Bell trial: After 10 days, jurors say they hope to ‘speed up’


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Locked in their 10th day of deliberations, jurors in the Bell corruption trial listened Thursday morning to a reading of the testimony of a district attorney’s investigator who was called as a witness in the case last month.

Maria Grimaldo testified Feb. 6 that former Councilman Victor Bello had alerted authorities at least three times about misconduct in Bell before he sat down for an interview with district attorney investigators in 2010 and revealed that Bell council members were drawing nearly six-figure salaries.


Jurors sent a note to Judge Kathleen Kennedy on Wednesday afternoon, requesting to hear Grimaldo’s testimony again, specifically the portion in which the investigator was cross-examined by defense attorney Alex Kessel.

The testimony in question concerned the investigator’s request for documents establishing the pay for council members and those serving on boards. They also requested any other testimony that covered the subject.

In a separate note, jurors asked for copies of five documents that pertained to resolutions regarding salaries of the authorities. “We would like six copies of each so we can speed up deliberations,” the note said. Those documents were given to them Wednesday.

Attorneys on Thursday waived their right to have the 21-page testimony read aloud in an open courtroom. Instead, the court reporter read the testimony to jurors in the deliberations room.

“I think it’s very positive,” defense attorney Stanley L. Friedman said about the requests. “It relates to the authority of law issue, whether the people proved the salaries were illegal.”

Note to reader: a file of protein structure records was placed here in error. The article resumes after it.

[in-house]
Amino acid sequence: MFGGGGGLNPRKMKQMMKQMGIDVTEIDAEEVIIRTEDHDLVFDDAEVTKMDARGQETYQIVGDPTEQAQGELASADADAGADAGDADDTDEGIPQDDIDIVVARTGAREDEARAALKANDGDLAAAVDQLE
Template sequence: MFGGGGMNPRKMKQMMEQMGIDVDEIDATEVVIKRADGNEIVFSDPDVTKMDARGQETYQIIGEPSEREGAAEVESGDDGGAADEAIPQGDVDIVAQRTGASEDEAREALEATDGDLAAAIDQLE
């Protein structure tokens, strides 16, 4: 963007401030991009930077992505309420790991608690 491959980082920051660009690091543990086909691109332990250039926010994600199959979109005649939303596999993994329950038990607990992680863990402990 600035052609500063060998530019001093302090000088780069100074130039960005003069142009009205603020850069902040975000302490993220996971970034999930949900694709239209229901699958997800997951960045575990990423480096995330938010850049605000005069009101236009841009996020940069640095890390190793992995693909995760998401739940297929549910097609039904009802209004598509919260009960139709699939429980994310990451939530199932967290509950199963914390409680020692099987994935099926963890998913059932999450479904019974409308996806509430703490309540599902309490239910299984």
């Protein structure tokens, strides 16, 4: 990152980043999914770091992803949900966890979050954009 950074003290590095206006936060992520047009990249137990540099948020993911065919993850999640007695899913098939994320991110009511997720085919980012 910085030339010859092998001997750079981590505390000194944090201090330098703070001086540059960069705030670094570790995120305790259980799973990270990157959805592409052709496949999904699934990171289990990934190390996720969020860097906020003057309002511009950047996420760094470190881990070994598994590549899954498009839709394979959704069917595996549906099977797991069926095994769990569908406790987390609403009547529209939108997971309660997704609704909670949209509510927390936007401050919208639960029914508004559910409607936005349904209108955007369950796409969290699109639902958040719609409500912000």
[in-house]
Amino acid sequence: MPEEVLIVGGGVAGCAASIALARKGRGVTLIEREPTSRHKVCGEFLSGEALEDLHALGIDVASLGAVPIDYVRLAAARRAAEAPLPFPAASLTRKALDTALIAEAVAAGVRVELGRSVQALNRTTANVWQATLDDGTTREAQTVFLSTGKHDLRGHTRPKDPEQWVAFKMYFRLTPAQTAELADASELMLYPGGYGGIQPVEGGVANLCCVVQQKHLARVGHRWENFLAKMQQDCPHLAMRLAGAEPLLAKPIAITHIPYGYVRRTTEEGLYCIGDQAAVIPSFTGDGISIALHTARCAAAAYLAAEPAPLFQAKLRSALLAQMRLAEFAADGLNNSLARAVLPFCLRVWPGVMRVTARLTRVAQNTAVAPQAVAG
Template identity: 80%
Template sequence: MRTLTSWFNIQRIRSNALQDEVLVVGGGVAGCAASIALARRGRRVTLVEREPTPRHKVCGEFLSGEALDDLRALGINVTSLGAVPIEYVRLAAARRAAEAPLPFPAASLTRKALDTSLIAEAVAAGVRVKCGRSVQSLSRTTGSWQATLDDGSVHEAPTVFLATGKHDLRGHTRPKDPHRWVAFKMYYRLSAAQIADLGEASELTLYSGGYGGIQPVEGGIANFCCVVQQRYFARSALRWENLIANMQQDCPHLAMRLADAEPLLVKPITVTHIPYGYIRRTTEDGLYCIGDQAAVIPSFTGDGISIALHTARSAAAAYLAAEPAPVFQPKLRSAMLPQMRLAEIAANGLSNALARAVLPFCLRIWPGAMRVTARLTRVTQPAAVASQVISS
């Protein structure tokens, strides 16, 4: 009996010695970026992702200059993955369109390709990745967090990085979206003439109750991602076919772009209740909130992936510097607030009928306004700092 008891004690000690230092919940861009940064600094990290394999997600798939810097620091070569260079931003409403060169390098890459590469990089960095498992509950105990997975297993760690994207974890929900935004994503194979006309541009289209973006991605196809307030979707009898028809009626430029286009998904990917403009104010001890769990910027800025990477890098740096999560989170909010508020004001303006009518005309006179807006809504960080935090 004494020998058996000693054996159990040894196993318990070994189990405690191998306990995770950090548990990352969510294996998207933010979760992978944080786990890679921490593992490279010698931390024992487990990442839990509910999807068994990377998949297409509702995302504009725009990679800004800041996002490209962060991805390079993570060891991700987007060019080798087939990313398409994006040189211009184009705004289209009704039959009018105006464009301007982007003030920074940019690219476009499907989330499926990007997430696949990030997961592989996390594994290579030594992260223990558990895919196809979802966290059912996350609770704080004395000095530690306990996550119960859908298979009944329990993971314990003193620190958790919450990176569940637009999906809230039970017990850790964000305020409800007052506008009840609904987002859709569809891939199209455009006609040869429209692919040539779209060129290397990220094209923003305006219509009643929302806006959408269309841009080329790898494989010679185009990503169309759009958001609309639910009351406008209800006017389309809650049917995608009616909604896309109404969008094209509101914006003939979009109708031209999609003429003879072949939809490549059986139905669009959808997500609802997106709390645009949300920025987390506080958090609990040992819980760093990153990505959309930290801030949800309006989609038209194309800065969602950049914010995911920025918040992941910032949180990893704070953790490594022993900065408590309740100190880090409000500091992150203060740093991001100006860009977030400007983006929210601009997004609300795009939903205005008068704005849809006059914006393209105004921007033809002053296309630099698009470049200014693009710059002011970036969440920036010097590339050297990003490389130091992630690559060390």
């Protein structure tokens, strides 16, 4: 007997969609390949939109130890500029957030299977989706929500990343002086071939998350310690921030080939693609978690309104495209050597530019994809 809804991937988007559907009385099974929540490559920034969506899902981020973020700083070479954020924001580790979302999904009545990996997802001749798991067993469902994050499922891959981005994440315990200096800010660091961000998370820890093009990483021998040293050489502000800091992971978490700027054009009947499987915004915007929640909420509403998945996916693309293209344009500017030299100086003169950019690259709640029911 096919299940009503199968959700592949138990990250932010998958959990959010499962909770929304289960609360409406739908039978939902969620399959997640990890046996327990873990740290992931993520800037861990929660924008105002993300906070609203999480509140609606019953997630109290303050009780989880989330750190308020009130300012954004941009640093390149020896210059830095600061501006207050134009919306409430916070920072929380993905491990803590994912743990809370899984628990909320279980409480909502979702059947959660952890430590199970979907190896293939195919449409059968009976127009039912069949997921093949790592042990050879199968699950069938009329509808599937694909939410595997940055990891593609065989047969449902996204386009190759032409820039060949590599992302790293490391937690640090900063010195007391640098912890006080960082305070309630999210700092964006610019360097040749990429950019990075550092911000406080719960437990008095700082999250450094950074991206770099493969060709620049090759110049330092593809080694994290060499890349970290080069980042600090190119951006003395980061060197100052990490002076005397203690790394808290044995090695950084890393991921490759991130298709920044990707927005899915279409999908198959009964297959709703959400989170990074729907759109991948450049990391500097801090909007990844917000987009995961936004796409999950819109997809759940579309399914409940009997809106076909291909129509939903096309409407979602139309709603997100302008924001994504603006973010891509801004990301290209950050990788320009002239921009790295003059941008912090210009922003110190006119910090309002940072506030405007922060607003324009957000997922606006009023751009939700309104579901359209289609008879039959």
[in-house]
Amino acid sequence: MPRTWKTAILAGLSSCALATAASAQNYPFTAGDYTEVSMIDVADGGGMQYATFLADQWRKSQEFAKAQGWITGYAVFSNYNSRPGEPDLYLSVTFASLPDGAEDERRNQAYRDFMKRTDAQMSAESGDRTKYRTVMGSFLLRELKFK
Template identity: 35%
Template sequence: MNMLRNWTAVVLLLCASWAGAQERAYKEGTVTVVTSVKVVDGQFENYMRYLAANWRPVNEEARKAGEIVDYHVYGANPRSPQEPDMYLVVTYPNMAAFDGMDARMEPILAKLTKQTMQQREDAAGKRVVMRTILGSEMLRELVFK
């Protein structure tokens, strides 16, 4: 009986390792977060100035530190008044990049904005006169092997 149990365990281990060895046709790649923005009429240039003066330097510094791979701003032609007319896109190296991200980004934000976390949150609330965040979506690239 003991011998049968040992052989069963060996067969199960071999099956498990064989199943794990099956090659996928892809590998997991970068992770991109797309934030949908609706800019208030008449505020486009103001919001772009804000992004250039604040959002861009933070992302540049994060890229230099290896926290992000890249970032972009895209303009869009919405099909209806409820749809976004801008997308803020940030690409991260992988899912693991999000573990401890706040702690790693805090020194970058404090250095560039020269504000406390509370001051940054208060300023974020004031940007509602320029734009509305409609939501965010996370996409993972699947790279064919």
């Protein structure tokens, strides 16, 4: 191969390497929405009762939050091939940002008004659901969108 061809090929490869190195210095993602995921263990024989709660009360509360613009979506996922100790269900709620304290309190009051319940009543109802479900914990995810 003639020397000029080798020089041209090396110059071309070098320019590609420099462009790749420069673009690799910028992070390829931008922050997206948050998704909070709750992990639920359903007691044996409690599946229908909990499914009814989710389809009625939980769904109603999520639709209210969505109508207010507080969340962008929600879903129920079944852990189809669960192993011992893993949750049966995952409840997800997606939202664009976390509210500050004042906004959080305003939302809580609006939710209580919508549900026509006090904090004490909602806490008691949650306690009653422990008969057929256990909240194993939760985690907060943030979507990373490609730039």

Kennedy said deliberations would only go until 1 p.m. Thursday, because of a juror’s doctor appointment. If no verdict is reached, the jury will reconvene Friday.


Former Bell city leaders Luis Artiga, Victor Bello, George Cole, Oscar Hernandez, Teresa Jacobo and George Mirabal have been on trial since late January and are accused of misappropriating public funds by drawing huge salaries for serving on boards that rarely met.

Grimaldo was the last witness called by the prosecution. During her testimony, a short excerpt of the taped 2010 interview with Bello was played in court.

Bello is heard telling Grimaldo he had resigned from the council and was given a job at the city food bank for the same $97,000 salary he earned as a councilman. The food bank job, he explains in the interview, was supposed to last until March 2011, when his council term would have expired. “I went to the city and said I wanted to quit,’ Bello said, talking about his council seat. ‘I wanted to retire.... They said they can do this for me until my term is up.”

Another investigator on the tape can be heard asking: ‘Your monthly salary as council member is how much?”

“About $100,000 a year,” Bello replied.

In the interview, Bello said the advantage of Bell becoming a charter city in 2006 was that council members could draw higher salaries. The city manager at the time, Robert Rizzo, had said one of the reasons to become a charter city was so that council members could be paid more than the law allowed, Bello said.

Rizzo and former assistant city administrator Angela Spaccia will face their own criminal trial later this year.


Grimaldo also testified the district attorney’s office had difficulty getting salary records from Bell.

After the D.A.’s office hand-delivered a public records request to the city on April 16, 2010, City Clerk Rebecca Valdez responded two weeks later saying she couldn’t fulfill the request right away, Grimaldo said.

When the D.A. finally received records, they were incomplete, Grimaldo said.

The district attorney’s office, she said, eventually filed a grand jury subpoena to force the city to turn over the documents.


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